What are the Pentagon’s Minerva Researchers Doing?

(This post comes thanks to some leads on the James Petras website and Petras’ own essay on the Minerva Research Initiative, “Procuring Academics for Empire: The Pentagon Minerva Research Initiative“.) In late December of 2008 I posted about the news of the first recipients of the Pentagon’s Minerva Research Initiative, but until I saw the […]

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How to Get More Frequent Flyer Miles for Your Zombie

Is it a surprise any more, that Paula Loyd should be resurrected for one more promotional tour for the U.S. Army’s Human Terrain System? I am referring here specifically to the piece by Amy Yee, in the June 2009 issue of The Progressive, conveniently titled “A Friend Falls in Afghanistan” (thanks to a commentator on […]

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News: Militarizing the Social Sciences and Humanities in Canada

As has been anticipated in previous posts over the past year, the drafting of social science and humanities research for the purpose of Canadian counterinsurgency has finally surfaced in a public call to researchers (not necessarily restricted to Afghanistan either, since the early release of Canada’s counterinsurgency manual also directed its attention at Haiti, where […]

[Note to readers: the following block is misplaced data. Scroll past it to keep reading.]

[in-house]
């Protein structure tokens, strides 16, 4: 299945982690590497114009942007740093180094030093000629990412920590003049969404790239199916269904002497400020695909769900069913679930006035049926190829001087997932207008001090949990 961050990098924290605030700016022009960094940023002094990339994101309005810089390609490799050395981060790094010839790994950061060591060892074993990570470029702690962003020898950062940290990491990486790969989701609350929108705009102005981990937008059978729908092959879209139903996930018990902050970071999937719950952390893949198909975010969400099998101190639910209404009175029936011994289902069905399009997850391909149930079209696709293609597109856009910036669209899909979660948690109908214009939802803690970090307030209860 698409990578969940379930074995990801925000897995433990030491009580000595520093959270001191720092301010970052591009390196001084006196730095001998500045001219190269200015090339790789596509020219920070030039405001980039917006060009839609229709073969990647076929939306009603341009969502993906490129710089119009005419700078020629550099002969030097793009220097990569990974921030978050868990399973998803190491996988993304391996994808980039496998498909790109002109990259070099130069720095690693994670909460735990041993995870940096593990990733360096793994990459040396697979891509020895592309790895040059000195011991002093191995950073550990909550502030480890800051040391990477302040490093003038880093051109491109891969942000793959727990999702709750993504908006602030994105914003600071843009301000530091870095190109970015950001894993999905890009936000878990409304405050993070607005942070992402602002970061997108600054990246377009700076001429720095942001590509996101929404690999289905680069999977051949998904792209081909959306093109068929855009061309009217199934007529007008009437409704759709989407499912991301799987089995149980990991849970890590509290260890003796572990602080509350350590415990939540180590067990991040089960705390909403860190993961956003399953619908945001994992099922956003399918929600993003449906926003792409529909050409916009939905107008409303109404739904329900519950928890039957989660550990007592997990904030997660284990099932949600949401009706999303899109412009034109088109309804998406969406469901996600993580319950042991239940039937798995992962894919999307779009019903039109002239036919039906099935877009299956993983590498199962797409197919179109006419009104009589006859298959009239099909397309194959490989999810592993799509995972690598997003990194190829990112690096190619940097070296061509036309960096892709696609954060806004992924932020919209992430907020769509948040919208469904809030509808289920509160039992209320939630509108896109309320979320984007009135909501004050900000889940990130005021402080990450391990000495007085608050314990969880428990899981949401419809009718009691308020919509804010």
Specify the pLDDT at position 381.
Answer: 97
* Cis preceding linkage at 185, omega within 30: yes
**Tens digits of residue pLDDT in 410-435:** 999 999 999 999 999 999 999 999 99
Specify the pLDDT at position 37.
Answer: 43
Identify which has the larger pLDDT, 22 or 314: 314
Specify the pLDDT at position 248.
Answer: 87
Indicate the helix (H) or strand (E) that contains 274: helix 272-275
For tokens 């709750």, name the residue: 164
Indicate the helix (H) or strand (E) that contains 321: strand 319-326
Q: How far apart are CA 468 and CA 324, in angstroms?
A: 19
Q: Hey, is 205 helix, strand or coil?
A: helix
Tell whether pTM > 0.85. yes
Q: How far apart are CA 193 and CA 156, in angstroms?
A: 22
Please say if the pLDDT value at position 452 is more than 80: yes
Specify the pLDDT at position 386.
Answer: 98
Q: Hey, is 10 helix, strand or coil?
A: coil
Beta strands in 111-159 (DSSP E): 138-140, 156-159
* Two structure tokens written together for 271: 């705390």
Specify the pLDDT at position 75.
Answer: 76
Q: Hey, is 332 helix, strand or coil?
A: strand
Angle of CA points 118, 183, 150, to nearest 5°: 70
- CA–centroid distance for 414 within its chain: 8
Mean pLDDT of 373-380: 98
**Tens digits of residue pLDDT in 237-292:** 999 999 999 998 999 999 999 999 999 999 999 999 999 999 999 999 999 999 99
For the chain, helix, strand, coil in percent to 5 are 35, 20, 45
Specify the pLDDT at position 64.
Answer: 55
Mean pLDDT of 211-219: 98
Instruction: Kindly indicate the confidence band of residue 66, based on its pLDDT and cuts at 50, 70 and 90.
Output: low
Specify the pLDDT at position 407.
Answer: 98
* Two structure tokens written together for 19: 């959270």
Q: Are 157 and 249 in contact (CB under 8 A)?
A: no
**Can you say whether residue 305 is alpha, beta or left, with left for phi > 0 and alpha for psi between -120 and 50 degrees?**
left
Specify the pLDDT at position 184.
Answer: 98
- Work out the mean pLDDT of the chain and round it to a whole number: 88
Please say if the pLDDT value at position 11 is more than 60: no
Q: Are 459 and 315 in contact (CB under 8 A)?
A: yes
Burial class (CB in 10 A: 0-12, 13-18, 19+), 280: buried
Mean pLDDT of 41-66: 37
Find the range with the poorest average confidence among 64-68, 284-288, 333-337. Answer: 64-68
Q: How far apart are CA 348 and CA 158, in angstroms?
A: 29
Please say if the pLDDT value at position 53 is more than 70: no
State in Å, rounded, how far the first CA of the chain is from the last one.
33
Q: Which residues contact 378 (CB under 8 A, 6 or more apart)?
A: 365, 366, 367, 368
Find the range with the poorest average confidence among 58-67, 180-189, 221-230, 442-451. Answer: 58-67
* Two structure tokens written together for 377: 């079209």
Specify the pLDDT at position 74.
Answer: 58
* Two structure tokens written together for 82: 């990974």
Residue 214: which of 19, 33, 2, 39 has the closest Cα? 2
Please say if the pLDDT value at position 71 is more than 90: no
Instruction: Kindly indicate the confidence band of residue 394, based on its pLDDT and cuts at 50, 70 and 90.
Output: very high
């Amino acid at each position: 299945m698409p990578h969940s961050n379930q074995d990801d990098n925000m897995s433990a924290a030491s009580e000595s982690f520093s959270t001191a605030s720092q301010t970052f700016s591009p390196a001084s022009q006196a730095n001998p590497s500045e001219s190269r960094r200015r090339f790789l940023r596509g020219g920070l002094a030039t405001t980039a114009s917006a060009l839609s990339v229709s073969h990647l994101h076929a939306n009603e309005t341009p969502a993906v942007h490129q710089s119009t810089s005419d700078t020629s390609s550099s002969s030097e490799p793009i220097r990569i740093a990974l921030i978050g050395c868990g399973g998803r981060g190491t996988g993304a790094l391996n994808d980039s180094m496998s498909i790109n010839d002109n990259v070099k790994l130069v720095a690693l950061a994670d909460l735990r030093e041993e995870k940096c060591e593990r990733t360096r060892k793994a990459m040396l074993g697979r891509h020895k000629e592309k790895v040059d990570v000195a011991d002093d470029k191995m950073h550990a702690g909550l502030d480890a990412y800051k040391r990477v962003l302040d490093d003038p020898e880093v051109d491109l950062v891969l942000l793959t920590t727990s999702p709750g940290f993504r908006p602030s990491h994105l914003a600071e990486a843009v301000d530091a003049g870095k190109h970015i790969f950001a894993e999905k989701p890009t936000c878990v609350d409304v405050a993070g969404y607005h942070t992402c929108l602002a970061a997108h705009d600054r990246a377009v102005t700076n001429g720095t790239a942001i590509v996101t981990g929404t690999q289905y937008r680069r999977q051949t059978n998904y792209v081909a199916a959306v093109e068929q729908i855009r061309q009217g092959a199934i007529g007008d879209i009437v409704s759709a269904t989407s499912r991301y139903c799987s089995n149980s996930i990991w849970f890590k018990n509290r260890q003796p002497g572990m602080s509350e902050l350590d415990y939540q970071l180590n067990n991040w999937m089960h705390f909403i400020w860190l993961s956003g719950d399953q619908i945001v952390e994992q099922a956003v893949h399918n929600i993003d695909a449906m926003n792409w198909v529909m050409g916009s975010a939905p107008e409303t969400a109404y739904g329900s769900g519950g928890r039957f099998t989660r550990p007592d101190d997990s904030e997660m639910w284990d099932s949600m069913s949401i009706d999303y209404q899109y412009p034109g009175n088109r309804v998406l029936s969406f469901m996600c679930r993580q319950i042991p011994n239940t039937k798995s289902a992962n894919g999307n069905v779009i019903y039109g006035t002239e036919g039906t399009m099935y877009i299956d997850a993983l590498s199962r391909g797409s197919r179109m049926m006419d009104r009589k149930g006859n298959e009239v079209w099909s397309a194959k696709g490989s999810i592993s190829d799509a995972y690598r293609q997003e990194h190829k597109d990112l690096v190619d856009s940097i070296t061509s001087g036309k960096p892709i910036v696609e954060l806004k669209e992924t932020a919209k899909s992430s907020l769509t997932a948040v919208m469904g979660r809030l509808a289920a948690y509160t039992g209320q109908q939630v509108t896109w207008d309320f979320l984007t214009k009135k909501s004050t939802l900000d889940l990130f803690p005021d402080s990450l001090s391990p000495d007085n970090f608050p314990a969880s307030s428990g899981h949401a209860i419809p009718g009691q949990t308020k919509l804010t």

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These Fine, Young, Humanitarian…Zombies

Yes, indeed, as predicted a movie is now out featuring the dead “cultural warrior,” the scholar in military uniform, the applied social scientist deep in the trenches of Afghanistan. He may be dead, but he’s back, and he’s coming right at you, over and over again in… No, that is not the movie (which does […]

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Audio: Anthropology and Counterinsurgency

An increasing number of audio recordings of conference proceedings and media interviews are being made available that deal specifically with the relationships between anthropology, the military, and the national security state. What follows is just a short selection of what is currently available. ▲▼▲▼▲▼▲▼▲▼▲▼▲▼▲▼▲▼▲▼▲▼▲ BBC Radio 4: Anthropology at War __________________________ Reconsidering American Power A […]

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Canadian Responses to the Militarization and Securitization of Anthropology: Report #2 from the CASCA-AES Conference in Vancouver

At the University of British Columbia in Vancouver last Saturday morning (16 May 2009) more than two dozen individuals gathered within the setting of the joint conference of the Canadian Anthropology Society (CASCA) and the American Ethnological Society (AES), for an “open session” titled, “Canadian Responses to the Militarization of Anthropology,” which followed from the […]

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Anthropology, Militarization, and Canadian Responses: CASCA-AES Conference, Vancouver, 13-16 May, 2009

I will be participating in the upcoming joint meeting of the Canadian Anthropology Society-Société Canadienne d’Anthropologie (CASCA) and the American Ethnological Society (AES), held this year at the University of British Columbia in Vancouver, 13-16 May. For those who are interested in further discussion and debate concerning the militarization of anthropology, the role of anthropologists […]

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